98. Observing and Modelling a Flux Rope in the Corona

Authors: Alexander James, Lucie Green, Gherardo Valori, and Lidia van Driel-Gesztelyi at MSSL UCL.

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To identify the mechanisms that initiate Coronal Mass Ejections (CMEs), we must first know what the magnetic structure of the solar corona is prior to eruptions. Measurements taken at 1 AU reveal that at least some — or perhaps all — interplanetary CMEs contain magnetic flux ropes: bundles of twisted magnetic field lines [1,2]. However, there is still debate regarding the pre-eruptive configuration of CMEs: do these flux ropes form before the onset of eruption [3], or after the onset of eruption of a sheared magnetic arcade [4,5]? In this work, we use a combination of EUV observations and magnetic field reconstruction to investigate the pre-eruptive configuration of a solar active region and to identify the mechanism that caused its eruption.

A Flux Rope in the Solar Corona

An interplanetary CME with a flux rope structure was identified in measurements from the Wind spacecraft at 1 AU and found to have originated from NOAA active region 11504 on 14 June 2012 [6]. At that time, the source active region was close to the centre of the Sun as viewed from the Solar Dynamics Observatory (SDO), meaning reliable measurements of the surface magnetic field in the active region were available.

During the two hours leading up to the eruption, an S-shaped plasma emission structure called a sigmoid was observed in the 131 Å extreme-ultraviolet (EUV) channel of SDO/AIA (Figure 1a). A sigmoid is a telltale signature of a magnetic field with at least one turn of twist along its length [7], suggesting that a flux rope was present in the active region during this time. The sigmoid appeared above a bright flaring arcade, indicating that the flux rope was forming high up in the corona via magnetic reconnection, a process that can change the local configuration of the magnetic field via the extremely small but finite resistivity of the coronal plasma. This is not the most common location where flux ropes are formed, but a number of other observations helped build the case that a flux rope may have formed high in the corona of the active region at least two hours before the eruption, including twin EUV footpoint dimmings, flare ribbons, radio emission, and spectroscopic composition data from Hinode/EIS [8].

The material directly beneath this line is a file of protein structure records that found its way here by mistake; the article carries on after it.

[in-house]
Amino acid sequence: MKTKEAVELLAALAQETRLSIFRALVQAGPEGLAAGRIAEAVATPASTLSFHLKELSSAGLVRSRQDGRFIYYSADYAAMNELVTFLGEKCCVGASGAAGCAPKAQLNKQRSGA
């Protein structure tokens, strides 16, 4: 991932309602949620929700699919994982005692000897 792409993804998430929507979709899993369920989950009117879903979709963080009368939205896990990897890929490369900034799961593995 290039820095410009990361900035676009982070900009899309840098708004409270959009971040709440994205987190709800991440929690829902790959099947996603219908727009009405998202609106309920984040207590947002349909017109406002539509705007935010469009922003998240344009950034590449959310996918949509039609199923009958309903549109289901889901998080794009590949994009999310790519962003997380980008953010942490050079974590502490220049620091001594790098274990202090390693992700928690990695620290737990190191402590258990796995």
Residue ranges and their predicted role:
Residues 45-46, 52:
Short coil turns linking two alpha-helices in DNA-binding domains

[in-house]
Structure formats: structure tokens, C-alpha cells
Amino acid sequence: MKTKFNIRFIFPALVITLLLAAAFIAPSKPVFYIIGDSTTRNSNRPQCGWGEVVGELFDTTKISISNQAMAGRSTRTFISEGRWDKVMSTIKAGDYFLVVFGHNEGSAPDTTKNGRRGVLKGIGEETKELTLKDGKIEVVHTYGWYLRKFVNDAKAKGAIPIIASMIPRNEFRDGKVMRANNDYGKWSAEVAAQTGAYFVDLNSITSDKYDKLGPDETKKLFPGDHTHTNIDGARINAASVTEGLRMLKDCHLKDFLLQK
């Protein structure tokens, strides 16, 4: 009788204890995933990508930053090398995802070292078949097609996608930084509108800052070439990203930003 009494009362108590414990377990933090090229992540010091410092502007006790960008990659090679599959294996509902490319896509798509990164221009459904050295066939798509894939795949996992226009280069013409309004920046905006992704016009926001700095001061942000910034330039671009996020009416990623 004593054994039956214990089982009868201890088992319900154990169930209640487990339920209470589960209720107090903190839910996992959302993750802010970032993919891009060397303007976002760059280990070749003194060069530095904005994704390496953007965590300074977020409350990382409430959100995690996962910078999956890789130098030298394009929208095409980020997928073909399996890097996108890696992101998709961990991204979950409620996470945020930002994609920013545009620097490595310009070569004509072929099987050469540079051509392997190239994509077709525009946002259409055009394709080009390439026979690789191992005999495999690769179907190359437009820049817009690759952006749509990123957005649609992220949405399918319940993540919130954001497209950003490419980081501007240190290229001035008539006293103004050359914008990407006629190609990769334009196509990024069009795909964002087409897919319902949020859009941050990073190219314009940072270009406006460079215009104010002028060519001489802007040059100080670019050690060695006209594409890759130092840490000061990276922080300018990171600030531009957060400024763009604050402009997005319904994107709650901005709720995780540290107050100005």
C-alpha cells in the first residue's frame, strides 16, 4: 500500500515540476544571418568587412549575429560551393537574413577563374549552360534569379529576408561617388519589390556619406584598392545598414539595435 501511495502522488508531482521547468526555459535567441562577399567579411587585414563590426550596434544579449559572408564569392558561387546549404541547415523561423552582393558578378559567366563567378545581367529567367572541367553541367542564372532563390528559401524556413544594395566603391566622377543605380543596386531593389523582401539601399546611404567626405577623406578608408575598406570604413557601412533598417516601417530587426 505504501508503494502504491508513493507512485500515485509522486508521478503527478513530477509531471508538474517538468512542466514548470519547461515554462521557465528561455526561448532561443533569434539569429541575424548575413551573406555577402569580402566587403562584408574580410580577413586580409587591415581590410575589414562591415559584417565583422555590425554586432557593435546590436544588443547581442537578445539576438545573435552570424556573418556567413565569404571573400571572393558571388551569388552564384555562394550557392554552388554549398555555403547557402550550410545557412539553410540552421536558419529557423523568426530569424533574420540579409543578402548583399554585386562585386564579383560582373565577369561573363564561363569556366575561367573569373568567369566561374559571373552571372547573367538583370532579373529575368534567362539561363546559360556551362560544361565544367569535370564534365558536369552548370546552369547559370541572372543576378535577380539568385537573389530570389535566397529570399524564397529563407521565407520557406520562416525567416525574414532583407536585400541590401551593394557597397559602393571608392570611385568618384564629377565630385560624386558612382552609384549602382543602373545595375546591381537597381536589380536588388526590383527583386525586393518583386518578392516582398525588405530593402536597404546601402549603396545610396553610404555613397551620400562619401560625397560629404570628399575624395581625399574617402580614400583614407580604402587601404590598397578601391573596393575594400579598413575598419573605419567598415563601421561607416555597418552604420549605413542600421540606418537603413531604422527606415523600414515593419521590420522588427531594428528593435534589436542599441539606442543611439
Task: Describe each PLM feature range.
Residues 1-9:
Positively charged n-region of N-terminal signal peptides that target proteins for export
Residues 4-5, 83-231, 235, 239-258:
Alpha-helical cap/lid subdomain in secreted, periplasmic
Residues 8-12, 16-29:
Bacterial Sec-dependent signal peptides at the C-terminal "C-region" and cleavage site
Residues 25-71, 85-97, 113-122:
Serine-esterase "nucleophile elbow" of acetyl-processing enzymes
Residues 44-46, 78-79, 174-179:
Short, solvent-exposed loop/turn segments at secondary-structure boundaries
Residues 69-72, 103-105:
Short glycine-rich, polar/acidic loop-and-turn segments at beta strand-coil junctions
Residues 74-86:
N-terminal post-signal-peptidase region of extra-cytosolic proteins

Figure 1. a) A sigmoid (outlined by the red dashed line) above a flaring arcade in the 131 Å channel of SDO/AIA. b) The magnetic flux rope extrapolated from surface magnetic field measurements at 12:24 UT.

However, no single observation provides definitive proof that a flux rope was present. As a next step, a model of the active region magnetic field was produced by extrapolating the surface magnetic field measurements under the assumption that the coronal field is free from Lorentz forces (force-free). The extrapolated coronal field indeed contained a flux rope that extended high up in the corona and matched the observed sigmoid and footpoint signatures remarkably well (Figure 1b) [9].

With the validity of the extrapolated coronal magnetic field confirmed against observations, we could study it quantitatively. The decay index quantifies how rapidly the overlying stabilising field strength changes with height. In idealized theoretical models, a semi-toroidal flux rope would be unstable to expansion under the hoop force if the decay index is larger than ncrit=1.5 at its axis [10,11]. The extrapolation reveals that the flux rope lies in a region where the decay index is comparable to this threshold, meaning that the eruption of the flux rope is likely to have been driven by this so-called torus instability.

Table 1. Properties of the extrapolated flux rope. α is the force-free parameter. *Due to the asymmetry of the flux rope, three choices of axes were used to compute certain quantities.

As for how such a coronal flux rope was formed, we observed that several hours before the eruption, the active region contained two sets of J-shaped magnetic loops that underwent magnetic reconnection in the corona and transitioned to the flux rope and underlying flaring arcade. Magnetic flux emergence was ongoing in the active region during this time, and subsequently-emerging fragments of magnetic flux were seen to ‘orbit’ around pre-existing flux (see the movie in Figure 2). We argue that the footpoints of the observed J-shaped loops were rooted in these sunspot fragments that wrapped around each other, providing a triggering mechanism for the sheared coronal field to converge, reconnect, and build the flux rope in the corona.

Figure 2. Newly-emerging magnetic flux moves westward towards and then clockwise around the pre-existing leading sunspot in the active region. This 'orbital' motion wraps the legs of sheared coronal loops around each other, enabling magnetic reconnection in the corona.


In this case study, we observationally inferred the presence of a magnetic flux rope that formed in the solar corona at least 2 hours before its eruption. This scenario was confirmed with an observationally-constrained model of the active region, produced using the nonlinear force-free field extrapolation of surface magnetic field measurements. According to our analysis of the extrapolated coronal model, the eruption was driven by the torus instability. Finally, the observations suggest that the motion of newly-emerged magnetic flux in the photosphere enabled reconnection in the corona that built the flux rope.